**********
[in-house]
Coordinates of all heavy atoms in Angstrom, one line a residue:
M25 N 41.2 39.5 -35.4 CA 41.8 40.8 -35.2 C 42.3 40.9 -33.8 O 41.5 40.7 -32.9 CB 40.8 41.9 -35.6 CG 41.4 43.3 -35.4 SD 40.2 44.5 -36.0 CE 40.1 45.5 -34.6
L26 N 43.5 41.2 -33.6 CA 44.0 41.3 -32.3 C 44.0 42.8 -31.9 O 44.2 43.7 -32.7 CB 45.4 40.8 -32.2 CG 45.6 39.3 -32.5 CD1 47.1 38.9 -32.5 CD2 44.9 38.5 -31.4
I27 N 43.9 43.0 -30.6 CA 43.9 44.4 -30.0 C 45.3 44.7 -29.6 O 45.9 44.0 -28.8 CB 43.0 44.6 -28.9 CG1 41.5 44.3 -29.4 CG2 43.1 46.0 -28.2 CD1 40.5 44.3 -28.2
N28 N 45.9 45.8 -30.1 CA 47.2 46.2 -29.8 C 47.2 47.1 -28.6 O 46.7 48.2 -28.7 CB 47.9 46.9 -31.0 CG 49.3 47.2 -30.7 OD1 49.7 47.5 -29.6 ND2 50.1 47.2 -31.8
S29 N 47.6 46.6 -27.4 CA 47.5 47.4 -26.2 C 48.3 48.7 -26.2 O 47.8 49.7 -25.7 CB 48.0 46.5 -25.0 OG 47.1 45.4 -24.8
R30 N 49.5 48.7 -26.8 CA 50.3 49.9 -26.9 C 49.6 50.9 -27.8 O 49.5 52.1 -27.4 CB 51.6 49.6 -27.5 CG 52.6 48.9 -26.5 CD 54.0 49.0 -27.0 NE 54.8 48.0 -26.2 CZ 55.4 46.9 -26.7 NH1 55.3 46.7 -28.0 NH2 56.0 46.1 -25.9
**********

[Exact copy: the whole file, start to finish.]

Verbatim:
[in-house]
Coordinates of all heavy atoms in Angstrom, one line a residue:
M25 N 41.2 39.5 -35.4 CA 41.8 40.8 -35.2 C 42.3 40.9 -33.8 O 41.5 40.7 -32.9 CB 40.8 41.9 -35.6 CG 41.4 43.3 -35.4 SD 40.2 44.5 -36.0 CE 40.1 45.5 -34.6
L26 N 43.5 41.2 -33.6 CA 44.0 41.3 -32.3 C 44.0 42.8 -31.9 O 44.2 43.7 -32.7 CB 45.4 40.8 -32.2 CG 45.6 39.3 -32.5 CD1 47.1 38.9 -32.5 CD2 44.9 38.5 -31.4
I27 N 43.9 43.0 -30.6 CA 43.9 44.4 -30.0 C 45.3 44.7 -29.6 O 45.9 44.0 -28.8 CB 43.0 44.6 -28.9 CG1 41.5 44.3 -29.4 CG2 43.1 46.0 -28.2 CD1 40.5 44.3 -28.2
N28 N 45.9 45.8 -30.1 CA 47.2 46.2 -29.8 C 47.2 47.1 -28.6 O 46.7 48.2 -28.7 CB 47.9 46.9 -31.0 CG 49.3 47.2 -30.7 OD1 49.7 47.5 -29.6 ND2 50.1 47.2 -31.8
S29 N 47.6 46.6 -27.4 CA 47.5 47.4 -26.2 C 48.3 48.7 -26.2 O 47.8 49.7 -25.7 CB 48.0 46.5 -25.0 OG 47.1 45.4 -24.8
R30 N 49.5 48.7 -26.8 CA 50.3 49.9 -26.9 C 49.6 50.9 -27.8 O 49.5 52.1 -27.4 CB 51.6 49.6 -27.5 CG 52.6 48.9 -26.5 CD 54.0 49.0 -27.0 NE 54.8 48.0 -26.2 CZ 55.4 46.9 -26.7 NH1 55.3 46.7 -28.0 NH2 56.0 46.1 -25.9